In contrast, the problems treated here are those of data independence - the independence of application programs and terminal activities from growth in data types and changes in data representation Ñ and certain kinds of data inconsistency which are expected to become troublesome even in nondeductive systems.
The relational view (or model) of data described in Section 1 appears to be superior in several respects to the graph or network model [3, 4] presently in vogue for non-inferential systems. It provides a means of describing data with its natural structure only -- that is, without superimposing any additional structure for machine representation poses. Accordingly, it provides a basis for a high level data language which will yield maximal independence between programs on the one hand and machine representation and organization of data on the other.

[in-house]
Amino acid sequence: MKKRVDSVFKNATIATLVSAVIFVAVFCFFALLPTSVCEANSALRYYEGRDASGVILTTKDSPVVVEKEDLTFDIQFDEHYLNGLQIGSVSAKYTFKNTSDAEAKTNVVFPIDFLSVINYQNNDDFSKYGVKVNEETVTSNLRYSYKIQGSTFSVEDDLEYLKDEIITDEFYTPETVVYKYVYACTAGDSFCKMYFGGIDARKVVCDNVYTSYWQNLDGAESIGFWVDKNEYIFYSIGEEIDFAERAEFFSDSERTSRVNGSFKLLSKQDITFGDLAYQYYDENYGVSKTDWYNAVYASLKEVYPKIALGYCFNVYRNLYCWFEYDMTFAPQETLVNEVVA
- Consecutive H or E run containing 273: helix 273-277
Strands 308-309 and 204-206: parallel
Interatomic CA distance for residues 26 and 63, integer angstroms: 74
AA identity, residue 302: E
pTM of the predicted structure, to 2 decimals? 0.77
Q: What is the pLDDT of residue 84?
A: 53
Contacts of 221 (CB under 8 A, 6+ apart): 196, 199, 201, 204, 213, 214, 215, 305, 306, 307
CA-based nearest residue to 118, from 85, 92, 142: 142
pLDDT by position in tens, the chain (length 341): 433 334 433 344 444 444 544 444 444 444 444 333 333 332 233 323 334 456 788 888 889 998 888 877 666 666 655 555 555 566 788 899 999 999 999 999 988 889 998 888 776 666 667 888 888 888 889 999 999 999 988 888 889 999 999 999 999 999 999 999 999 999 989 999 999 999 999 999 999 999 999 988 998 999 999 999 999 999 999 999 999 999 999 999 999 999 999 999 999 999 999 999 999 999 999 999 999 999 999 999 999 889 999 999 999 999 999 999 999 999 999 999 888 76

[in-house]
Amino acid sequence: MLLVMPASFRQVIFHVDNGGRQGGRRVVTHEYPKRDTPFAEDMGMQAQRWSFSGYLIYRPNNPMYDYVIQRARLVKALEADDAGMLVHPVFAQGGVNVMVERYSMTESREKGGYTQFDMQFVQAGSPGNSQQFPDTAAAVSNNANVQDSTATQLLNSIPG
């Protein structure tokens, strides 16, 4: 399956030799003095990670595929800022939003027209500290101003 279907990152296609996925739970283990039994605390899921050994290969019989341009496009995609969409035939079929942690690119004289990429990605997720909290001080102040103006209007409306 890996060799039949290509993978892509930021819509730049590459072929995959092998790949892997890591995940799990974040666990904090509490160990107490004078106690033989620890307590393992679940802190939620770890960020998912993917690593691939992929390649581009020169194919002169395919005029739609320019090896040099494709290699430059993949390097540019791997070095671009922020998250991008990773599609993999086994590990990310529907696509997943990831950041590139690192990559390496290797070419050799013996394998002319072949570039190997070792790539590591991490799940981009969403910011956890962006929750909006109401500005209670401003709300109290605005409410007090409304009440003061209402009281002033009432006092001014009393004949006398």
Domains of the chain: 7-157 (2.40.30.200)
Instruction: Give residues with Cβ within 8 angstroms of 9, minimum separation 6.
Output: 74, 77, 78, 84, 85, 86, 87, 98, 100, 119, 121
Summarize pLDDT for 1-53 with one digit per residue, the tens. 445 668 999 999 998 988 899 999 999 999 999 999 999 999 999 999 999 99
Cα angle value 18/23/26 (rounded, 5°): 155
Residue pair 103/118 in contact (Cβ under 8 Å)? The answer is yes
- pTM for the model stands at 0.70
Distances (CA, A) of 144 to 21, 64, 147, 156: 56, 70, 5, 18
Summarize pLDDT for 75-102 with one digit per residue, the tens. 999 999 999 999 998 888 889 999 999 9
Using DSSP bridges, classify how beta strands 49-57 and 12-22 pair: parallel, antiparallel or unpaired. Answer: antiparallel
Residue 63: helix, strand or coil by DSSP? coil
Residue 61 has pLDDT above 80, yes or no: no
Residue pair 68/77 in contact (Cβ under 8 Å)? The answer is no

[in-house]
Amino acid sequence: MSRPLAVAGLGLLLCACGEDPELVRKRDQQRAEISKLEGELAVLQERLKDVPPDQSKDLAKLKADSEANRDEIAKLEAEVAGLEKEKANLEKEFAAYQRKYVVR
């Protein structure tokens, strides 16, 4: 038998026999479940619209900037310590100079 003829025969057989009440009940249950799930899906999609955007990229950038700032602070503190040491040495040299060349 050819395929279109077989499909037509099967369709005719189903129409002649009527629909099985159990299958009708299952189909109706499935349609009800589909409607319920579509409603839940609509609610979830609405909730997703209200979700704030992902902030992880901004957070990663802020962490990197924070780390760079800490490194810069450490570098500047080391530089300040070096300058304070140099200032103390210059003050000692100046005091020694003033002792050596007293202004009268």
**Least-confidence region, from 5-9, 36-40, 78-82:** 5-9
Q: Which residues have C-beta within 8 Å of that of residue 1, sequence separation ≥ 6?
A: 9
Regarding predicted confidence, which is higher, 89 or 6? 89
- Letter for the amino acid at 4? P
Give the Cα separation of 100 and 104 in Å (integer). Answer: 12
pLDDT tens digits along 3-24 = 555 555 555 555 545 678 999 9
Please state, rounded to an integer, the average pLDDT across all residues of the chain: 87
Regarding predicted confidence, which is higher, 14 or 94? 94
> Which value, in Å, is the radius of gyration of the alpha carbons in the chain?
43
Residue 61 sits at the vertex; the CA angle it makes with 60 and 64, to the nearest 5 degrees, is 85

A further advantage of the relational view is that it forms a sound basis for treating derivability, redundancy, and consistency of relations - these are discussed in Section 2. The network model, on the other hand, has spawned a number of confusions, not the least of which is mistaking the derivation of connections for the derivation of relations (see remarks in Section 2 on the "connection trap" ).
Finally, the relational view permits a clearer evaluation of the scope and logical limitations of present formatted data systems, and also the relative merits (from a logical standpoint) of competing representations of data within a single system. Examples of this clearer perspective are cited in various parts of this paper. Implementations of systems to support the relational model are not discussed.